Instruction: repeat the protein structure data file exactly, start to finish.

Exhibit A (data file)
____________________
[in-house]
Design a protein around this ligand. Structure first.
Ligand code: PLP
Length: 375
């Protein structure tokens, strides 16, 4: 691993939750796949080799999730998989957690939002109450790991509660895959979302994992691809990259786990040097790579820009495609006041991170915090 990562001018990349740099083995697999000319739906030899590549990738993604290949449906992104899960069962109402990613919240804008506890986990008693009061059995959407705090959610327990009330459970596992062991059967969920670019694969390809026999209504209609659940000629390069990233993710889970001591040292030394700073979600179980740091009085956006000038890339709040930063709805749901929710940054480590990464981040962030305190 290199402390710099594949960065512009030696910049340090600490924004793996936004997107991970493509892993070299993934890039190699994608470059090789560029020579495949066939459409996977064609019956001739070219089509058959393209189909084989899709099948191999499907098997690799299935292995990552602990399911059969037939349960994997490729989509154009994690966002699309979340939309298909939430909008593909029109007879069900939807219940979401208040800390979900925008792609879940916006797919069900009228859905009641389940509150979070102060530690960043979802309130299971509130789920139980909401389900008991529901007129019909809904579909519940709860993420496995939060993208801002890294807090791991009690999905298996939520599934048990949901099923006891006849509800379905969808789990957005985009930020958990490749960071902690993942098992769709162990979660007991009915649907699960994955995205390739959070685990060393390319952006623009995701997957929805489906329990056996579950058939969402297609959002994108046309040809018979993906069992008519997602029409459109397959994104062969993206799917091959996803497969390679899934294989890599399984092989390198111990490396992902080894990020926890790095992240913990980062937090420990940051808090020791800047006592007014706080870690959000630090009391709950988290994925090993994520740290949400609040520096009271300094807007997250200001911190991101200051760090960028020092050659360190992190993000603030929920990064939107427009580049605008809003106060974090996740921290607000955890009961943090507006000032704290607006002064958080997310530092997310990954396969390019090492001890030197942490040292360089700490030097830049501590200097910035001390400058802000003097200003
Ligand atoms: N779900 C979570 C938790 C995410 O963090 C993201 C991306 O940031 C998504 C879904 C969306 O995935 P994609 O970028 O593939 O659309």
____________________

[in-house]
Design a protein around this ligand. Structure first.
Ligand code: PLP
Length: 375
């Protein structure tokens, strides 16, 4: 691993939750796949080799999730998989957690939002109450790991509660895959979302994992691809990259786990040097790579820009495609006041991170915090 990562001018990349740099083995697999000319739906030899590549990738993604290949449906992104899960069962109402990613919240804008506890986990008693009061059995959407705090959610327990009330459970596992062991059967969920670019694969390809026999209504209609659940000629390069990233993710889970001591040292030394700073979600179980740091009085956006000038890339709040930063709805749901929710940054480590990464981040962030305190 290199402390710099594949960065512009030696910049340090600490924004793996936004997107991970493509892993070299993934890039190699994608470059090789560029020579495949066939459409996977064609019956001739070219089509058959393209189909084989899709099948191999499907098997690799299935292995990552602990399911059969037939349960994997490729989509154009994690966002699309979340939309298909939430909008593909029109007879069900939807219940979401208040800390979900925008792609879940916006797919069900009228859905009641389940509150979070102060530690960043979802309130299971509130789920139980909401389900008991529901007129019909809904579909519940709860993420496995939060993208801002890294807090791991009690999905298996939520599934048990949901099923006891006849509800379905969808789990957005985009930020958990490749960071902690993942098992769709162990979660007991009915649907699960994955995205390739959070685990060393390319952006623009995701997957929805489906329990056996579950058939969402297609959002994108046309040809018979993906069992008519997602029409459109397959994104062969993206799917091959996803497969390679899934294989890599399984092989390198111990490396992902080894990020926890790095992240913990980062937090420990940051808090020791800047006592007014706080870690959000630090009391709950988290994925090993994520740290949400609040520096009271300094807007997250200001911190991101200051760090960028020092050659360190992190993000603030929920990064939107427009580049605008809003106060974090996740921290607000955890009961943090507006000032704290607006002064958080997310530092997310990954396969390019090492001890030197942490040292360089700490030097830049501590200097910035001390400058802000003097200003
Ligand atoms: N779900 C979570 C938790 C995410 O963090 C993201 C991306 O940031 C998504 C879904 C969306 O995935 P994609 O970028 O593939 O659309």